The last decade has abounded in the publications that reported the MALDI/SELDI-based profiling of the serum peptidome as a promising tool for the effective identification of gastric cancer patients [1422]. Four different diagnostic classifiers were built on the basis of tri-peptide combination by Ebert et al. [14] (m/z 3946, 3503, 15,958), Su et al. [16] (m/z 1468, 3935, 7560), Liu et al. [19] (m/z 5906.4, 6632.9, 8704.3) and Fan et al. [22] (m/z 1867, 2701, 2094). Although the discriminatory peaks were not consistent among those studies, probably because of the diverse methodology of sample preparation (especially highly abundant proteins removal), measurement and/or data processing [13], there were some common features of proposed signatures. For example, the m/z peak at 1466–1468 Da identified as fibrinopeptide A (FIBA) was reported as a candidate biomarker in three reports [16, 23, 24]. Moreover, increased level of another fragment of FIBA (approx. weight 5904–5906 Da) was observed in serum of patients with gastric cancer [19], but also in serum of patients with ovarian, hepatocellular and urothelial cancers [2729]. In our study we have detected over 100 components of serum peptidome that differentiate compared groups of gastric cancer patients and healthy volunteers. This included several components that putatively corresponded to fragments of FIBA, exemplified by 1469 and 5904 Da components upregulated in blood of patients with metastatic cancer. Thus, our results clearly confirmed and extended previous reports indicating that multipeptide signatures based on features of endogenous serum peptidome could be used for classification of patients with gastric cancer and differentiation of patients with metastatic disease.

In the second part of our study serum samples were further analyzed using the shotgun LC–MS/MS approach, which is currently the gold standard for identification of proteins allowing label-free quantitation and providing large coverage of sample’s proteome [30]. Among serum proteins with abundances significantly different between healthy individuals and patients with gastric cancer dominated those associated with immunity, inflammation and acute phase response, even though immunoglobulins were excluded from the analysis. Up-regulation of proteins involved in immunity and inflammation is a typical picture of serum proteome of cancer patients, especially in advanced cases, and increased levels of proteins like C-reactive protein, haptoglobin or serum amyloid have been previously reported for many different types of cancer [3135]. Most recently, iTRAQ-based approach has been used to identify serum proteins differentiating healthy controls and patients with gastric adenocarcinoma in a small sample of Asian population [36]. Upregulation of 48 proteins in samples of cancer patients was reported, that included several inflammation/acute phase-related proteins: A1AG1 (ORM1), A1AT (SERPINA1), AACT (SERPINA3), CO4B, CO9, HPT, ITIH4, LBP and SAA1, which upregulation was revealed also in our study. Moreover, other proteins revealed in both reports included upregulated A2GL (LRG1), ITIH3, ORM2 and SHGB, which collectively indicated very high conformity of serum proteome signature of gastric cancer that based on samples of unrelated Polish and India’s populations.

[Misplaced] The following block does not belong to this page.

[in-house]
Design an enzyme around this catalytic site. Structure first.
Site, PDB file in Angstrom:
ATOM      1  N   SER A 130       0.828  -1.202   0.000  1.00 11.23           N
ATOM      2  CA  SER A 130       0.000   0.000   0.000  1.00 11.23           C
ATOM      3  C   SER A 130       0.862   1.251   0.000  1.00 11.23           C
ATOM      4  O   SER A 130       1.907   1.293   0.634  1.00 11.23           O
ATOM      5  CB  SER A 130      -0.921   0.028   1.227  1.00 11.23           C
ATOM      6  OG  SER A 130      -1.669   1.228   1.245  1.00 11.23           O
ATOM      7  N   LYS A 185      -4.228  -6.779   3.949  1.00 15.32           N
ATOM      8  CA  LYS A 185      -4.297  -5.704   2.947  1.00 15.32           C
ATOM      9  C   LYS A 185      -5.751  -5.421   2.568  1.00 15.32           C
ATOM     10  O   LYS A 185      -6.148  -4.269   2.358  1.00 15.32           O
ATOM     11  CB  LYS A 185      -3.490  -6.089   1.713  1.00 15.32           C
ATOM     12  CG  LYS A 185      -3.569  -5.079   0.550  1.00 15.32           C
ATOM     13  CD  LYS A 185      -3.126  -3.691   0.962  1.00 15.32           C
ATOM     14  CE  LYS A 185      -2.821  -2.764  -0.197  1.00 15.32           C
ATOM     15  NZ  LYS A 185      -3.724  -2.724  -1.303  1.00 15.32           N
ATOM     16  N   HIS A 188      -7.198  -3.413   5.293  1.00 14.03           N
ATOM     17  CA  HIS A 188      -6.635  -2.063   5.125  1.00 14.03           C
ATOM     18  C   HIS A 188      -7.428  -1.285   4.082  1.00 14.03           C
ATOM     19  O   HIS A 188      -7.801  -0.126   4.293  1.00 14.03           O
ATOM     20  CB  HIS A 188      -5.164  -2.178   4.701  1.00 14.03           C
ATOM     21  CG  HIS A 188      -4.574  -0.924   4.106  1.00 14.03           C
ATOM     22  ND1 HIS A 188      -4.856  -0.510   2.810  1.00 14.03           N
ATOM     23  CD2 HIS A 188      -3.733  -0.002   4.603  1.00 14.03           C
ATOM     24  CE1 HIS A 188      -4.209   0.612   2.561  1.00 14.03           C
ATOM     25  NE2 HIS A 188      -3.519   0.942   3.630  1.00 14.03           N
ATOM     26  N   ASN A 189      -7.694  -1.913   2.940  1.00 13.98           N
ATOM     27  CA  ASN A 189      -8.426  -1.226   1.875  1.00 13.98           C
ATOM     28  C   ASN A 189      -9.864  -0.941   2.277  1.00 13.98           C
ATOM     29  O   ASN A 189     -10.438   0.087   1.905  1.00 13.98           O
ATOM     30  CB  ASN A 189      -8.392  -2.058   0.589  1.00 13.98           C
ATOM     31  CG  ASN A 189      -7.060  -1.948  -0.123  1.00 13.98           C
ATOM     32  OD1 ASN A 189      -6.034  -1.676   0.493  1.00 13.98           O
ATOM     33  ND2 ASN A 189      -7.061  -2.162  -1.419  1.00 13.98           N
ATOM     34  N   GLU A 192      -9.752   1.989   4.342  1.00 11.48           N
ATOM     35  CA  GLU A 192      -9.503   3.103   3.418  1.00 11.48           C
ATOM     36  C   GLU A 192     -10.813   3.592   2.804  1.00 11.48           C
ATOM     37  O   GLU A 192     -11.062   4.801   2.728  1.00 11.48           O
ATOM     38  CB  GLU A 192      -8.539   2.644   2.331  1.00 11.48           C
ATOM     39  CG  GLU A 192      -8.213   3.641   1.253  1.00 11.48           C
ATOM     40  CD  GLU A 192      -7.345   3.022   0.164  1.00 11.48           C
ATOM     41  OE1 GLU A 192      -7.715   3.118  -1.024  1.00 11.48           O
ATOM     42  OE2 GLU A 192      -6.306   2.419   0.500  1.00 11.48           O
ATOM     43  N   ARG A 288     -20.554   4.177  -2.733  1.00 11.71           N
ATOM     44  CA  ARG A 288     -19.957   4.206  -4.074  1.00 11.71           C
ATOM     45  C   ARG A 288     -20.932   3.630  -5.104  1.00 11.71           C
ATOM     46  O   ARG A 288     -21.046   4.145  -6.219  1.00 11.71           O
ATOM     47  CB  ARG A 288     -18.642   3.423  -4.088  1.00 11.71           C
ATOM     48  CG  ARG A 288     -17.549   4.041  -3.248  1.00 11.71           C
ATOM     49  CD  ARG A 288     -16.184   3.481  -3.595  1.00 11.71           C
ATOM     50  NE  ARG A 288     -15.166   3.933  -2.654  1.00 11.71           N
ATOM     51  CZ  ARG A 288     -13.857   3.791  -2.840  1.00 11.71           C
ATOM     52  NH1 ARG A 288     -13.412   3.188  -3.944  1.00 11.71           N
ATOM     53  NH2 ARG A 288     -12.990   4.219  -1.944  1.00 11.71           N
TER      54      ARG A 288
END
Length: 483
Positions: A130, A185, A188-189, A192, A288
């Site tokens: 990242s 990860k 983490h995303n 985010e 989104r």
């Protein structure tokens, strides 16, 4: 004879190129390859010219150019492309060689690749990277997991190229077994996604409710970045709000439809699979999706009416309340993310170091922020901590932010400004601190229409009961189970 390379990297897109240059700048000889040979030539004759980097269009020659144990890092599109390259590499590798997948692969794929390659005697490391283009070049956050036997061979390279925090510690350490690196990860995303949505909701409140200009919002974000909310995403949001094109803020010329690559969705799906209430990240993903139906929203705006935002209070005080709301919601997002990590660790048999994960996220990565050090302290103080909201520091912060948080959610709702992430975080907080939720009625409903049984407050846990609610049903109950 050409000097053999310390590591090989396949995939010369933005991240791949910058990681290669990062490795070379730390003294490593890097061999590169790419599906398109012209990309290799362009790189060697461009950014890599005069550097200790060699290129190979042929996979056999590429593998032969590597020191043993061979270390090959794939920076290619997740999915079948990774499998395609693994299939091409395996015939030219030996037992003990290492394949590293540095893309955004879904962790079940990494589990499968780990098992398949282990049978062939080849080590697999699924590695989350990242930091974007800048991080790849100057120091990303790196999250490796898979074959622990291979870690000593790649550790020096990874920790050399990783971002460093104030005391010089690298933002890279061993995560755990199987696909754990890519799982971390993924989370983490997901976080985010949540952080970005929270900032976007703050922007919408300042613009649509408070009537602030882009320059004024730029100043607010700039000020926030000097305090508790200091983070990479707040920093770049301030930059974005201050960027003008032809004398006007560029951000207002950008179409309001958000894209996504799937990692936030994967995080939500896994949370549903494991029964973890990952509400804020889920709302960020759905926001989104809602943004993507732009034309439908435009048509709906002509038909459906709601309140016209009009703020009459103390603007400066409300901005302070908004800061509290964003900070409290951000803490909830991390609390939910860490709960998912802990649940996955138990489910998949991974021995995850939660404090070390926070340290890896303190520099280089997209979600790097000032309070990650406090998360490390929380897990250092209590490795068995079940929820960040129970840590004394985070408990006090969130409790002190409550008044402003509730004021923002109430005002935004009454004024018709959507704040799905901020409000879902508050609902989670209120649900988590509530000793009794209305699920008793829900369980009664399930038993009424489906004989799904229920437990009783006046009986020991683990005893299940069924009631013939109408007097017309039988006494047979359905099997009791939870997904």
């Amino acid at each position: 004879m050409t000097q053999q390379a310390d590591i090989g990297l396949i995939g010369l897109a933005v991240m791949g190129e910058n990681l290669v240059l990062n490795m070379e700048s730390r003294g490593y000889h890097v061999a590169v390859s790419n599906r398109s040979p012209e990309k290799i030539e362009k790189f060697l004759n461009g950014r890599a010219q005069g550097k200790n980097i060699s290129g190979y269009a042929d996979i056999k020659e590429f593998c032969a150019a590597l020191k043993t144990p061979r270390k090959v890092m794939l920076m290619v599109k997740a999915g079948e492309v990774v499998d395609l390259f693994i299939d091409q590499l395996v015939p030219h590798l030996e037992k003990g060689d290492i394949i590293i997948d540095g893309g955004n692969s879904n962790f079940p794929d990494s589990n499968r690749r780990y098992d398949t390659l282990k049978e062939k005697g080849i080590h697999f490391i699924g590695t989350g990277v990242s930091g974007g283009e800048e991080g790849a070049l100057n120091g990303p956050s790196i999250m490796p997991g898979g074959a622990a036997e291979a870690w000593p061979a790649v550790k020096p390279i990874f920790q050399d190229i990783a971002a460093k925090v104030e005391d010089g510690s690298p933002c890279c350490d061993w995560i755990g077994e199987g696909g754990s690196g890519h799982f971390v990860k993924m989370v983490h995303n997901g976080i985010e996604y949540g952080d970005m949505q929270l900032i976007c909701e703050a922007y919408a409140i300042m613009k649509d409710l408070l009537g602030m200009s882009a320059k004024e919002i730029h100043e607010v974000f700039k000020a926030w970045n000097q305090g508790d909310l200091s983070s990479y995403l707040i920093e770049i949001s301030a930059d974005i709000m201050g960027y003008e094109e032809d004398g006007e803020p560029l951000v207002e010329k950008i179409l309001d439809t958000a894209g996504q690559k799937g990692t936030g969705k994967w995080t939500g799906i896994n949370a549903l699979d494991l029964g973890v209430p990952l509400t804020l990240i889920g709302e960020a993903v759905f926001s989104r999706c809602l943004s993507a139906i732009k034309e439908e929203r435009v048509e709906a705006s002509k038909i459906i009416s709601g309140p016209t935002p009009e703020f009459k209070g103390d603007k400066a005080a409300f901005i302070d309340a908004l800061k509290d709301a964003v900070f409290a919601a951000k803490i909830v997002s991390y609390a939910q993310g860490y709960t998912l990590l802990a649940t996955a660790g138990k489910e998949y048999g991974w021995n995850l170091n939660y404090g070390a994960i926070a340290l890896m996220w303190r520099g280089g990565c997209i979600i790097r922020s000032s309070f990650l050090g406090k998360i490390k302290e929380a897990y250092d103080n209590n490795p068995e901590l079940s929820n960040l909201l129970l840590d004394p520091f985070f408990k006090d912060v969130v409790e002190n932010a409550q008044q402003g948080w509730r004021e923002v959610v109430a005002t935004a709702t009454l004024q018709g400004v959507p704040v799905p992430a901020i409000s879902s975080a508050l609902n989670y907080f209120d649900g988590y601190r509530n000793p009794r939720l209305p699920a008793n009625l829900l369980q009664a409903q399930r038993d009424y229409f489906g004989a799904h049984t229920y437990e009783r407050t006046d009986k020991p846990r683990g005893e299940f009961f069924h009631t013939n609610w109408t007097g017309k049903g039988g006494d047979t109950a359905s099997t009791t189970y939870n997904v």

Moreover, our study revealed serum proteome components with levels discriminating patients with locally advanced gastric adenocarcinoma and with metastatic disease. Proteins upregulated in serum of patients with metastatic disease included C-reactive protein and IC1 (SERPING1), factors involved in immunity and inflammation, and angiogenin, protein involved in angiogenesis. Other proteins differentially expressed in blood of patients with local and metastatic cancer included molecules associated with response to cytokines/chemokines, leukocyte migration and blood coagulation as well as factors associated with extracellular transport, and metabolism of phosphorus and nucleic acids. Elevated level of CEA and CA 19-9 was previously associated with increased risk of gastric cancer metastases. However, increased level of such “classical” markers has been observed only in case of 30–50 % of patients with disseminated disease [35], thus there is an obvious space for new proteomics-based markers of metastatic gastric cancer. Furthermore, several patients enrolled into the study were diagnosed with locally advanced cancer, yet in some cases the disease was spread and distant metastases were detected during follow-up. However, comparison of pre-treatment serum samples collected in both subgroups of patients with local disease (who further either developed or did not distant metastases) revealed very few significant differences (similar results were delivered by LC–MS/MS-based analysis of complete proteome and MALDI-based profiling of endogenous peptidome). Hence, our data revealed serum proteome signature discriminating patients with locally advanced and metastatic gastric adenocarcinoma. However, our study did not reveal serum proteome components that could be used for prediction of risk of metastasis in patients diagnosed with local cancer.